Ambulance staff are battling “serious distress” as they struggle to care for patients amid high demand and lengthy delays, a report has shown.
“Many staff cried or displayed extreme emotion” as they described the challenges they face on a day-to-day basis to researchers with England’s Healthcare Safety Investigation Branch.
The organisation’s report shines a light on staff caught at the centre of a national crisis that has seen patients stuck for hours in ambulances as emergency departments struggle to free up beds. As emergency vehicles queue to convey patients to hospitals, this prevents them responding quickly to other patients in the community.
National investigator Neil Alexander, who led the report, said staff “have shared with us the distress over delays and the harm that it is causing to patients and how this has affected their personal wellbeing.”
“We heard words like ‘demoralising,’ ‘powerless’, ‘hurt’, ‘relentless’ during our interviews with them, and many expressed they are feeling the burden and experiencing moral injury,” he said in a statement.
The research highlights how important it is that staff feel able to offer safe care to patients, according to the HSIB. Staff wellbeing, the organisation argues, should be a critical component in patient safety planning.
Staff are also facing “phenomenal” levels of abuse as patients and their families endure extremely long waits, the BBC reports.
The outlet interviewed a number of ambulance workers about their experiences, including one call handler who said: “I’ve seen colleagues try to calm someone down and apologise for the wait time only to be hit with a wall of abuse. I’ve seen colleagues cry after finishing these calls.”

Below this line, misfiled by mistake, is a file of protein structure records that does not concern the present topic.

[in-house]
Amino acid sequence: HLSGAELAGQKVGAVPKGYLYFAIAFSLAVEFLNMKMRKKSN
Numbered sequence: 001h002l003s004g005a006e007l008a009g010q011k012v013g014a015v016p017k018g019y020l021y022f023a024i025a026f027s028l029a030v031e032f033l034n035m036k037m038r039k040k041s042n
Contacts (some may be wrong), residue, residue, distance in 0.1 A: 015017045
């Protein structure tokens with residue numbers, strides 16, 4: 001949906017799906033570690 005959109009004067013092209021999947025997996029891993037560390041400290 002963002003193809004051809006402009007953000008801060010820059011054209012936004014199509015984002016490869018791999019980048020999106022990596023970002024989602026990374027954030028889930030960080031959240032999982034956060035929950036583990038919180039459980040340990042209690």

Julian Hartley, who leads hospital management body NHS Providers said the HSIB report reflected the “mounting pressure” facing England’s ambulance workers.
“Long shifts, often on the road and away from the support of colleagues or managing high stress situations, can lead to feelings of isolation, which can make managing an already-challenging job even more emotionally taxing,” he said in a statement.
“At the heart of this problem lie systemic issues including high demand, low capacity, delayed discharges and vast workforce shortages.
“This feeds into a deeply challenging work environment right across the system, which leaves staff feeling they can’t provide the care they want to — leading to a sense of moral injury, further exacerbating a difficult situation.”
A spokesperson for the country’s public health system, NHS England, told the BBC there was “no doubt” staff had experienced “significant challenges” over winter, adding that: “The safety of both patients and staff is vital, and the NHS takes staff health and wellbeing incredibly seriously with a range of support including dedicated helplines, wellbeing apps and coaching, as well as the option of flexible working.”
The Department for Health and Social Care, which recently released a plan to try and combat the emergency care crisis, said it was “scaling up community teams, expanding virtual wards, and getting 800 new ambulances on to the roads,” to relieve pressure on overstretched services.